29 Full-Duplex Transmission n Both Sides May Transmit Simultaneously n n Needed for error 29 Full-Duplex Transmission n Both Sides May Transmit Simultaneously n n Needed for error correction, flow control Now almost universal in modem communication A B Time 1 Both sides may communicate Both do A B Time 2 Both sides may communicate A does

Asynchronous Transmission n ASCII Character Set n n 7 -bit is the standard 8 Asynchronous Transmission n ASCII Character Set n n 7 -bit is the standard 8 -bit extended ASCII is popular Bits transmitted backward Parity for Error Detection n Only for 7 -bit ASCII n Start/Stop Bits for Framing n Each frame is exactly 10 bits long 30

Asynchronous Transmission n ASCII Character Set n Created for sending printed American text n Asynchronous Transmission n ASCII Character Set n Created for sending printed American text n Each character is a 7 -bit code (e. g. , 1010101) n This allows 2^7 or 128 possible characters n Printing characters: A, a, !, <, %, etc. n Control codes: XOFF tells other side to pause 31

Asynchronous Transmission n 8 -bit ASCII n Used in PCs: 8 bits per character Asynchronous Transmission n 8 -bit ASCII n Used in PCs: 8 bits per character (1010) n Used for word processing format codes n Used in graphics that stores data in bytes 32

PC Serial Port n Bit Transmission of ASCII Characters n Transmits last bit first PC Serial Port n Bit Transmission of ASCII Characters n Transmits last bit first n If you wish to send 1111000, n The serial port transmits 0001111 33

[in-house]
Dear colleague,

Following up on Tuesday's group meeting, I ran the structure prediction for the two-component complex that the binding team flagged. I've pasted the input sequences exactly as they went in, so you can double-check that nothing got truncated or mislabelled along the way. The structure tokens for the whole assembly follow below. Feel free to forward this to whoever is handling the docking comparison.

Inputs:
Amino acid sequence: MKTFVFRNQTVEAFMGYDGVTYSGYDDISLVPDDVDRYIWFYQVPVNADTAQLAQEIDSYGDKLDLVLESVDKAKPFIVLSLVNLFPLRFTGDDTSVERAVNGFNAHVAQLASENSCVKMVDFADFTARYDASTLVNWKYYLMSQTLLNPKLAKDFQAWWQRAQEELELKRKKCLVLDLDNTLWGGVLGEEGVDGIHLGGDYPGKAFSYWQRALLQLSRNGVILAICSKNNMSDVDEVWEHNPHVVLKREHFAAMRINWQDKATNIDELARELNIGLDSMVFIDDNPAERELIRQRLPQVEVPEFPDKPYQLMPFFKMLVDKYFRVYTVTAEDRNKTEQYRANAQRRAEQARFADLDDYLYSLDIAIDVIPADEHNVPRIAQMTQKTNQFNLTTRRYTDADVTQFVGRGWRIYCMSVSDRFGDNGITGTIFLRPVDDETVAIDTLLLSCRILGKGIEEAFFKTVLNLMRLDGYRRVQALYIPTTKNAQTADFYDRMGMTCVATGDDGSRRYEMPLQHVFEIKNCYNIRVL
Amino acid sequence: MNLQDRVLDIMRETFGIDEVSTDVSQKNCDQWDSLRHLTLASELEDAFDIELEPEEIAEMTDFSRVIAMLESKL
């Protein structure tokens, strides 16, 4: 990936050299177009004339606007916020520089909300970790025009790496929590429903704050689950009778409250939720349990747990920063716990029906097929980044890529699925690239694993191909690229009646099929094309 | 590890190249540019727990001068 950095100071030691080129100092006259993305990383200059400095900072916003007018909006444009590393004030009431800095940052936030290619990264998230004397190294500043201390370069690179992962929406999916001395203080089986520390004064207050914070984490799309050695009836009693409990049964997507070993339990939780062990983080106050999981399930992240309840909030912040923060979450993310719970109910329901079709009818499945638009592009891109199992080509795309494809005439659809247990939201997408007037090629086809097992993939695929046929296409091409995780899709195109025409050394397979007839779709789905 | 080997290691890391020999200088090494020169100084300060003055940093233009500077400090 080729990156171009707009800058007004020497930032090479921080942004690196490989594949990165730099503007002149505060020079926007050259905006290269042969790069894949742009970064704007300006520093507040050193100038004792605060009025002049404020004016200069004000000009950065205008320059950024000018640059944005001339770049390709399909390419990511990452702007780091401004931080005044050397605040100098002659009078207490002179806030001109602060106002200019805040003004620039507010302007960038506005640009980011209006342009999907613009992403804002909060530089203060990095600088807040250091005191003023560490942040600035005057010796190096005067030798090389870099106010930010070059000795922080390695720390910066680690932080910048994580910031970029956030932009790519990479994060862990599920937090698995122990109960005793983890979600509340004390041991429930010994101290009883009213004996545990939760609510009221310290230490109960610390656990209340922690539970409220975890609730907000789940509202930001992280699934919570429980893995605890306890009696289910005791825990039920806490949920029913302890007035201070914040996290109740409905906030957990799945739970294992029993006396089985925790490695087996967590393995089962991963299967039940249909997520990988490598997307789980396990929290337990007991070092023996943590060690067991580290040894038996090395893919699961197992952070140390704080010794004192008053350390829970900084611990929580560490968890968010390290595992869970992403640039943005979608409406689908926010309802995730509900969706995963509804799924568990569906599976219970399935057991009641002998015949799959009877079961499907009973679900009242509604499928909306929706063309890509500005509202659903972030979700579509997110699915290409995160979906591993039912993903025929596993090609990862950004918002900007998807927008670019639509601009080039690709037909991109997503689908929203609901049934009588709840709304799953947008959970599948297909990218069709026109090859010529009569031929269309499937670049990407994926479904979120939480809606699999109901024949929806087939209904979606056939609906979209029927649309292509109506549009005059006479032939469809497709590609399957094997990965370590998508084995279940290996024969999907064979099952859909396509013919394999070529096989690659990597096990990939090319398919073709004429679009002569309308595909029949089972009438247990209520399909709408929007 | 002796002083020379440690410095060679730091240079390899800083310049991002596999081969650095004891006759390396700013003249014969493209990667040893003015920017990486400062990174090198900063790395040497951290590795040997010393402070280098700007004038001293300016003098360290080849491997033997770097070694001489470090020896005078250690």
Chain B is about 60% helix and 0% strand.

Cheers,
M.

Parity n For 7 -bit ASCII Only (No Parity = 8 -bit ASCII) n Parity n For 7 -bit ASCII Only (No Parity = 8 -bit ASCII) n Transmit an 8 th bit per character n Even parity: sum of data and parity bits is even n n To send 1110000 (odd), send 00001111 To send 1111000 (even), send 00011110 n Odd parity: sum is odd n If error is detected, the character is simply discarded. No way to ask for retransmission 34

Start and Stop Bits n When the Data Line is at Rest n n Start and Stop Bits n When the Data Line is at Rest n n n It is kept in the “ 1” state So “ 11110000” would look like 111111100001111 “ 00001111” would also look like 11111100001111 n How can you tell where a character begins? n Solution n Add a start bit (always 0) to change the line state n End with a stop bit (always 1) to guarantee at least a one-bit rest (1) against which to detect the next start bit (0) 35

36 The Final Asynchronous Frame n Always 10 bits n n Start, 7 data 36 The Final Asynchronous Frame n Always 10 bits n n Start, 7 data bits, parity, stop, or Start, 8 data bits, stop Start Parity 0 1 1 1 0 0 0 1 1 1 7 -bit ASCII Character Start 0 1 1 1 0 0 0 1 1 1 8 -bit ASCII Character Stop

Flow Control n Ask the Other Device to Pause (or Slow Down) n ASCII Flow Control n Ask the Other Device to Pause (or Slow Down) n ASCII n n XOFF tells other side to pause n n In asynch, usually done by sending ASCII control codes XON tells the other device to resume Serial Port n Signals on the pins control when PC, modem can transmit 37